Monday, August 3, 2015

infraREAL: The Art of Imaginative Realiam at the Jonathan Levine Gallery

oil on panel, 20" x 27"
©Matthew Stewart
 On Wednesday this week, Jonathan Levine Gallery will host an opening for infraREAL, a special exhibition of Imaginative Realism art. The show is curated by Patrick Wilshire, who along with his wife Jeannie are have been collecting art for over twenty years and are the organizers of the highly successful annual IlluxCon conventions. It's an honor for me to be included with such a prestigious roster of artists.
My contribution "Ozymandias" sprang from a sketchbook exploration below. Not a literal illustration of the poem by Percy Shelley, the title refers to the theme of the poem- Nothing escapes the ravages of time, and the contemporary glory is fleeting.

infraREAL-the Art of Imaginative Realism
August 5-August 22, 2015

Opening Reception with the Artist
August 5th (at two locations)
557C West 23rd Street: 6-8 pm
529 West 20th Street:7-9pm

Friday, July 17, 2015

"I will not say the day is done"

"I will not say the day is done"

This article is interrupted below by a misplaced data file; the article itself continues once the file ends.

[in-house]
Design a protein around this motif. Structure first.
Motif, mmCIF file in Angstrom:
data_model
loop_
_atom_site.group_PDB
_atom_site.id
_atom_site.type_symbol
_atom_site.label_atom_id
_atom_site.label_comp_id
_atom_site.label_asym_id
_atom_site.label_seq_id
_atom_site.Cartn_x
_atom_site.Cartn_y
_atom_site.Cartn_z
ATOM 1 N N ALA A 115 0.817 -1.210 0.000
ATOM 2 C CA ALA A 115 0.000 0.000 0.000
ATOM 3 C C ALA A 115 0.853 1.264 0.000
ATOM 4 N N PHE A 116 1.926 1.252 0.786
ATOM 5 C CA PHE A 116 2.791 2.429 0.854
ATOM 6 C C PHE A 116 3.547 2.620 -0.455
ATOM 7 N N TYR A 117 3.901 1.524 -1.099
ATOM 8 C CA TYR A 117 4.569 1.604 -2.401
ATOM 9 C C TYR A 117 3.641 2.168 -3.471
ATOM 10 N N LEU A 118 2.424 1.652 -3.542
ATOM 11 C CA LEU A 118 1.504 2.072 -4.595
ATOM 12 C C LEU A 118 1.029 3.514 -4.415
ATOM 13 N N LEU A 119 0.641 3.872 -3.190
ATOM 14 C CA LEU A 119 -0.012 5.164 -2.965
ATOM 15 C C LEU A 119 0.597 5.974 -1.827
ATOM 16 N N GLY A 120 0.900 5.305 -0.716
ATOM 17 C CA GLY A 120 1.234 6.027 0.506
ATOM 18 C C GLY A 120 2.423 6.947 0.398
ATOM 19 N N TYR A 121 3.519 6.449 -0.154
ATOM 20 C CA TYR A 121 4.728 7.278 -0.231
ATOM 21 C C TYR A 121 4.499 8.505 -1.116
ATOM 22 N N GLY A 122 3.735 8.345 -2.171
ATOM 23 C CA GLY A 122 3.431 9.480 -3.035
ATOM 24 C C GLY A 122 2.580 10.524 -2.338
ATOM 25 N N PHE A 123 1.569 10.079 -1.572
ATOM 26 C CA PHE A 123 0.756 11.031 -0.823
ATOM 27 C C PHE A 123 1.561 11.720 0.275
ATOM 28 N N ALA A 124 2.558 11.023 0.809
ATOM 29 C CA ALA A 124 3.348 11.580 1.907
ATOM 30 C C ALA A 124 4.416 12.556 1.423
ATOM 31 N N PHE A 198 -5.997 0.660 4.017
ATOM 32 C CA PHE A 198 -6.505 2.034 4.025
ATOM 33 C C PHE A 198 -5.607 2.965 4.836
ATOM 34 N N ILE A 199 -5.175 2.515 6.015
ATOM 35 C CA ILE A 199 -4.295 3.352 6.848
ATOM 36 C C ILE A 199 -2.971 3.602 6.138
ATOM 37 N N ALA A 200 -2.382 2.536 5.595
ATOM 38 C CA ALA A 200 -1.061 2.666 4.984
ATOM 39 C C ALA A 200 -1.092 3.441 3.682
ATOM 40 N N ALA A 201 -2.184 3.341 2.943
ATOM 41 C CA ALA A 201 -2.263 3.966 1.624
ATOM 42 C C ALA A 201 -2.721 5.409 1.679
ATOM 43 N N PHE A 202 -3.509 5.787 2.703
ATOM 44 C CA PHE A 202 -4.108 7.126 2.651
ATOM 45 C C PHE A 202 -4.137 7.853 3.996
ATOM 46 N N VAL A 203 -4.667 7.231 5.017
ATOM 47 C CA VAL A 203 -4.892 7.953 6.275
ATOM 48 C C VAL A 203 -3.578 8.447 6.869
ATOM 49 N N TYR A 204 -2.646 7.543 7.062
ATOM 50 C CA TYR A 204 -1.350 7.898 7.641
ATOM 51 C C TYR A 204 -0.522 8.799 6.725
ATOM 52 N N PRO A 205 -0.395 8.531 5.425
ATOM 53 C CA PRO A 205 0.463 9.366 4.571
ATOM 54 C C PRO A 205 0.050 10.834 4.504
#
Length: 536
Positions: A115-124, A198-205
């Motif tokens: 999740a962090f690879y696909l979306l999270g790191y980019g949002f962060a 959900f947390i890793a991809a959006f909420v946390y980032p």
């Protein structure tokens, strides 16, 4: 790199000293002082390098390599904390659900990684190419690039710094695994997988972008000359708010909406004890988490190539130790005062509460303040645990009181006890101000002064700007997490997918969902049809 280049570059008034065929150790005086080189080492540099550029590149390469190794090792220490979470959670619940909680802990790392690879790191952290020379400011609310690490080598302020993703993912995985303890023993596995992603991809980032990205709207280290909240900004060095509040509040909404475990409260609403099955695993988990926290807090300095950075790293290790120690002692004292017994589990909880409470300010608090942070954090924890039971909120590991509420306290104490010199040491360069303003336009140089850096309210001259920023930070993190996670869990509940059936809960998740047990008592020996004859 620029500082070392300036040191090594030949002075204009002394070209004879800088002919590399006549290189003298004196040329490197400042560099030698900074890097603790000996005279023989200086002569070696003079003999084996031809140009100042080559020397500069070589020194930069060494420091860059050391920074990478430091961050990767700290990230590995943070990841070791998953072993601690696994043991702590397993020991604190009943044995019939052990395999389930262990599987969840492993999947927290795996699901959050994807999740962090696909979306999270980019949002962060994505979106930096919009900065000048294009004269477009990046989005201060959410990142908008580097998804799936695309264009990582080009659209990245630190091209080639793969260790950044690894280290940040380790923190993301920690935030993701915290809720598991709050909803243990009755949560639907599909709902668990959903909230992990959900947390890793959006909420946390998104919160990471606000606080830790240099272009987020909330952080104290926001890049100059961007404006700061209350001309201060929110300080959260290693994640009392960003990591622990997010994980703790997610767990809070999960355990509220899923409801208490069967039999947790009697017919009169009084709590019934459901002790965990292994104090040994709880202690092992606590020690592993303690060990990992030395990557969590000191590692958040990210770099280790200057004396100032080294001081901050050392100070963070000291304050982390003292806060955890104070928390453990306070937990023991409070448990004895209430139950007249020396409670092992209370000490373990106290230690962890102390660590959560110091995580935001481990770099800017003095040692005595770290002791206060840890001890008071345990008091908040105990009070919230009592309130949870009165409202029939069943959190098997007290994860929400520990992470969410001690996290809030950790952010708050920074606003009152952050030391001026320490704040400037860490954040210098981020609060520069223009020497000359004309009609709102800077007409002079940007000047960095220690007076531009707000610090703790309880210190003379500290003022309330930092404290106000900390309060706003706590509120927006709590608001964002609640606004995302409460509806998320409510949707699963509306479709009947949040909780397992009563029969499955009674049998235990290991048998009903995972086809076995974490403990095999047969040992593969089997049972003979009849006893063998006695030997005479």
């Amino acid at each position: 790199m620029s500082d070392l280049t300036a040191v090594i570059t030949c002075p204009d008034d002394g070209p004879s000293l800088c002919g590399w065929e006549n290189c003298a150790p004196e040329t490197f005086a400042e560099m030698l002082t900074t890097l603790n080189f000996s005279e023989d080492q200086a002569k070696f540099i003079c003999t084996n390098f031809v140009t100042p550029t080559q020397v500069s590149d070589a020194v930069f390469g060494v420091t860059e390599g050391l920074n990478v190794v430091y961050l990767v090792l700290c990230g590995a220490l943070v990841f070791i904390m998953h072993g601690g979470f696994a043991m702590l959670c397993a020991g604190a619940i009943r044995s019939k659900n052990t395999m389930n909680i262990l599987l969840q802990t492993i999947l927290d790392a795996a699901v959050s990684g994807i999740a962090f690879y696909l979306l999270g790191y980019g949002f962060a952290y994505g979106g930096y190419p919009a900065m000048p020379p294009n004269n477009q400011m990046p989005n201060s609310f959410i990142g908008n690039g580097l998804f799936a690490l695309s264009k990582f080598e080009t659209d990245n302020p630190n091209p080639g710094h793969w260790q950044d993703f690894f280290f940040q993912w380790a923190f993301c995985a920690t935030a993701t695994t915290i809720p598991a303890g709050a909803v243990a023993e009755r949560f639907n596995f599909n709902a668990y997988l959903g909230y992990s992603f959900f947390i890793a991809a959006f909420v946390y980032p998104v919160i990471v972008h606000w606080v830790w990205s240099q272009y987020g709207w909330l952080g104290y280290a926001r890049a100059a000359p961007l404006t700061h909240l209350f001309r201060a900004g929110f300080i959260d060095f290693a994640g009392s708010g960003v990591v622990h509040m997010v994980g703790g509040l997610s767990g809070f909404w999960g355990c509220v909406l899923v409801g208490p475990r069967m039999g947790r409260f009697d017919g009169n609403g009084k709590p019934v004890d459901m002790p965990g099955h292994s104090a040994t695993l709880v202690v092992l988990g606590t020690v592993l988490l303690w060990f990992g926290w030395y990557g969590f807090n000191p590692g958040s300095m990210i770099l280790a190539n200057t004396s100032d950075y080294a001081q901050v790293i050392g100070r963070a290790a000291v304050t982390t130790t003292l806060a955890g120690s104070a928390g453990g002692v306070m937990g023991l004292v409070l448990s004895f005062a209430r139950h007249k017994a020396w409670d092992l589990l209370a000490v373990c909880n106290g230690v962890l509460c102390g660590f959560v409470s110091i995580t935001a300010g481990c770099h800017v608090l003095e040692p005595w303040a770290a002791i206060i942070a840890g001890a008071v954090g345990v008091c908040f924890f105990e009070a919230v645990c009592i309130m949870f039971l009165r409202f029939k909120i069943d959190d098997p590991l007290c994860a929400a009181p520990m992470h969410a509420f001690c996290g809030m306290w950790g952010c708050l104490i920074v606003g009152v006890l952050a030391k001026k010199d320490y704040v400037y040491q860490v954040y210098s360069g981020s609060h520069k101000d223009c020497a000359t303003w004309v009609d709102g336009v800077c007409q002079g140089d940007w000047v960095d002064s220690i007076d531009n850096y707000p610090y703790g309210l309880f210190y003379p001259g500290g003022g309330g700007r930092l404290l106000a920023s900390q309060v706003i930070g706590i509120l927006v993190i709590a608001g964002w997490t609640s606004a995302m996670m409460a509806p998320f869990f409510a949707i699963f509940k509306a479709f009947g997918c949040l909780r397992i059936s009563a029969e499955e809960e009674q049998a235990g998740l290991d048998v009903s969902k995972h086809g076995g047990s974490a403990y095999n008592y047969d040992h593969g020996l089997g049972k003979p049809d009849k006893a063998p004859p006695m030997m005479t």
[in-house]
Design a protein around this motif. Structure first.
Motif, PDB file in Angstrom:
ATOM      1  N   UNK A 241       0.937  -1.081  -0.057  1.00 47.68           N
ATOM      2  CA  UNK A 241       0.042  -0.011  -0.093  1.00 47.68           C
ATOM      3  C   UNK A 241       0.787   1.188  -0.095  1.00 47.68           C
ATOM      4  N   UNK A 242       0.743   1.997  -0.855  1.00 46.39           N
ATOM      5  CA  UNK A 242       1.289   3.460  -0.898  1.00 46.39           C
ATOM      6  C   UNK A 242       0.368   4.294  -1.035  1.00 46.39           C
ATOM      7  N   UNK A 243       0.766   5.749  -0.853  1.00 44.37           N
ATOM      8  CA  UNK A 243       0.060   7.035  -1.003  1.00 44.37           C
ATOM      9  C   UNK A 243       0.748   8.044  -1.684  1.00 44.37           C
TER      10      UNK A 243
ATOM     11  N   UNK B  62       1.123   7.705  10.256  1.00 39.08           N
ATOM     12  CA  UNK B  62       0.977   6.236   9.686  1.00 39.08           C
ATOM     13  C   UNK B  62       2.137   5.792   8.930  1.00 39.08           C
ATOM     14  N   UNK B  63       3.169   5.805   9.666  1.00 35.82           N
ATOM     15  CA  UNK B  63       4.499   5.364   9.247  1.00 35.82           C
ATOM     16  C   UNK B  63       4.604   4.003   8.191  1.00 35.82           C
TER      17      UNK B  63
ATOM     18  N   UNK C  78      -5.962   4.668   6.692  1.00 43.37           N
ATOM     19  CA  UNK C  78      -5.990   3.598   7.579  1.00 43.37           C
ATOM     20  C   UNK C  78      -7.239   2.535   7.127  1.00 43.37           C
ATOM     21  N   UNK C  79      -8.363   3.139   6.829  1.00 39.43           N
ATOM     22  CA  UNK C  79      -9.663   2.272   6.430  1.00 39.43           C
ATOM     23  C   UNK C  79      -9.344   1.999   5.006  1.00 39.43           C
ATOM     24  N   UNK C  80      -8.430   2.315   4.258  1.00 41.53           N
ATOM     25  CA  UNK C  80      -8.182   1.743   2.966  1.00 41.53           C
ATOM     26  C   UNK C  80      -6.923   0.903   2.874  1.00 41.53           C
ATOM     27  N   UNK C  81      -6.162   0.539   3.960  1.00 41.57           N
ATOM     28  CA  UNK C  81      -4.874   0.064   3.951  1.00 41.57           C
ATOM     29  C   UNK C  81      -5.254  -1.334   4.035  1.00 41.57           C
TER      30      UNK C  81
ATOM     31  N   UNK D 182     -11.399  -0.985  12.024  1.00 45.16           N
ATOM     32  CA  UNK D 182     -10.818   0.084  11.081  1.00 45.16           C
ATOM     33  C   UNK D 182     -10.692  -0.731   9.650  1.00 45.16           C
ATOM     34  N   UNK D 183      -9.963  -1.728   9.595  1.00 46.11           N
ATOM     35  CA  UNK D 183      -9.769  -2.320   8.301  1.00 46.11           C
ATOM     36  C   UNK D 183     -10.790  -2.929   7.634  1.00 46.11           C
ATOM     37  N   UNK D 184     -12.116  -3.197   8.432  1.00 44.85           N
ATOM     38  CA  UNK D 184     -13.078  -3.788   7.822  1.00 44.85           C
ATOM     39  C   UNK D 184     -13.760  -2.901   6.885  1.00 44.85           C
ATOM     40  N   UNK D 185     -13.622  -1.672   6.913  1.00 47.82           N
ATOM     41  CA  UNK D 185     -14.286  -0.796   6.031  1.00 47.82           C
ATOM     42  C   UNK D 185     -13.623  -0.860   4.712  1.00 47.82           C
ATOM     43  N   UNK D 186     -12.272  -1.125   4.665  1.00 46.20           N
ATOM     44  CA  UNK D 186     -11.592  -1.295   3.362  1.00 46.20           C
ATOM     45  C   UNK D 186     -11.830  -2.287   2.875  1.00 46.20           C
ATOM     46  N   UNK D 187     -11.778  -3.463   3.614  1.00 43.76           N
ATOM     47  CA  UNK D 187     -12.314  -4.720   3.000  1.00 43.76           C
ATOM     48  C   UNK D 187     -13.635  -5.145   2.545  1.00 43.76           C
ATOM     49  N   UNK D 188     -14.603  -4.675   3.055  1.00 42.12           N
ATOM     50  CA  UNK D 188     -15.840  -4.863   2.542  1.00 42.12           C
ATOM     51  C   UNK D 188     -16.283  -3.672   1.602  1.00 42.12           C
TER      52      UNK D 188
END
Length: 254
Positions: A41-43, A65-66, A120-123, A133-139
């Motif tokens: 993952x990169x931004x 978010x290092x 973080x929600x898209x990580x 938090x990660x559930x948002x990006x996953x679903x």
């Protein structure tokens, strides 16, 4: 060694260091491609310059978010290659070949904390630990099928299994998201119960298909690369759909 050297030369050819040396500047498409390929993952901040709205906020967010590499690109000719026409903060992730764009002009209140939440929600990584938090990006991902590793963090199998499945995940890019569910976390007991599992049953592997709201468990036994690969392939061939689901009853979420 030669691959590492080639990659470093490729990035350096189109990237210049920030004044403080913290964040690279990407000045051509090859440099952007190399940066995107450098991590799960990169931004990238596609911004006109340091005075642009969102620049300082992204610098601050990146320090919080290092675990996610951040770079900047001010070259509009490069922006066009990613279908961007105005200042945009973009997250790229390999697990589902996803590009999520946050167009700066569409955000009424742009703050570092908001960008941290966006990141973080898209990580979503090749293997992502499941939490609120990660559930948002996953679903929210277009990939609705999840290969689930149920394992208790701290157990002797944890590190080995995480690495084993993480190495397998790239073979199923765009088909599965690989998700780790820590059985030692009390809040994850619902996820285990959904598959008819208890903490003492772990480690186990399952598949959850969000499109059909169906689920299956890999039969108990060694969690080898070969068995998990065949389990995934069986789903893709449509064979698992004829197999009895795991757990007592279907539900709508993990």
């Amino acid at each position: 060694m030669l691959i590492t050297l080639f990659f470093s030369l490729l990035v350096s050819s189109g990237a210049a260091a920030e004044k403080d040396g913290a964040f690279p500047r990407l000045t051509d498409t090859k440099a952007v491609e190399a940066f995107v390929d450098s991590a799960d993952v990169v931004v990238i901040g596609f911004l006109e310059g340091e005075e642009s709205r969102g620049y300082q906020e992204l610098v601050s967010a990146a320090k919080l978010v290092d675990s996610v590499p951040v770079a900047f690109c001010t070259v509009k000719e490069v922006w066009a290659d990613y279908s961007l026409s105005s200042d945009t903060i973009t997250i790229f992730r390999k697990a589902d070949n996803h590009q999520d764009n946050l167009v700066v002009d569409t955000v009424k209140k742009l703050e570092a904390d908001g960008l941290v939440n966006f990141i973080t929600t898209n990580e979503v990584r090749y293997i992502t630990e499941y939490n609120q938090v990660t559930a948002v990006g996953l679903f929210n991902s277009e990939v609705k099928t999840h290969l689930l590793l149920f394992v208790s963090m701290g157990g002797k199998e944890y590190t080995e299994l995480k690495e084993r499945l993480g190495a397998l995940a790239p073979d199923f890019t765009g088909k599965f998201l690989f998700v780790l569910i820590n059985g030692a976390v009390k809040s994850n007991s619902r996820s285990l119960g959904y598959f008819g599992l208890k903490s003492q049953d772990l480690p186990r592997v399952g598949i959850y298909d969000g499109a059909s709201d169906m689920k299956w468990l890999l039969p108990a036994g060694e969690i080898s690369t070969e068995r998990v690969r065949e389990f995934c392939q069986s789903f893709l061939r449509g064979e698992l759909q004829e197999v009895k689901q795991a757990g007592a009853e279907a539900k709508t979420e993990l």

red pencil on toned paper, 11" x 14"
©Matthew Stewart

Having climbed to the top of the tower of Cirith Ungol in pursuit of the orcs who have taken his master, he finds a dead end. Believing Frodo to be now beyond rescue he sits down and begins to sing. This is one of my favorite scenes in the book. 

Tuesday, July 14, 2015

Honored Hierarch

Honored Hierarch
oil on paper on masonite, 12" x 16"
©Wizards of the Coast

Honored Hierarch is one of the two card illustrations I painted for the new Origins set for Magic:the Gathering. Magic fans would recognize him as an inhabitant of Bant from armor and golden sigils he wears. The man is the keeper of a sacred olive grove. I originally intended to paint a younger man, as seen in the preliminary sketch below. After submitting the sketch, I thought it would give him more gravitas, more of an implied history, if he were an older man. Rather than just the caretaker, he proudly looks on the grove of trees he planted and raised from saplings. 
Honored Hierarch (drawing)
8 1/2" x 11", graphite on paper
©Wizards of the Coast

Tuesday, April 7, 2015

Recent Drawings

Some Tolkien inspired drawings I've done over the last few months that I don't think I've shown here yet. 

Bard the Bowman
18" x 24" , red and white pencil on toned paper

Bard the Bowman II
18" x 24" , red and white pencil on toned paper

Beneath the Dragon
11"x 14", red and white pencil on toned paper

In Moria
11"x 14", red pencil on toned paper

Ring a dong dillo
11"x 14", red pencil on paper

11"x 14", red pencil on paper

Friday, January 16, 2015

Abzan Skycaptain

Abzan Skycaptain
oil on paper mounted to mdf, 12" x 16"
available for purchase for $1,250
©Wizards of the Coast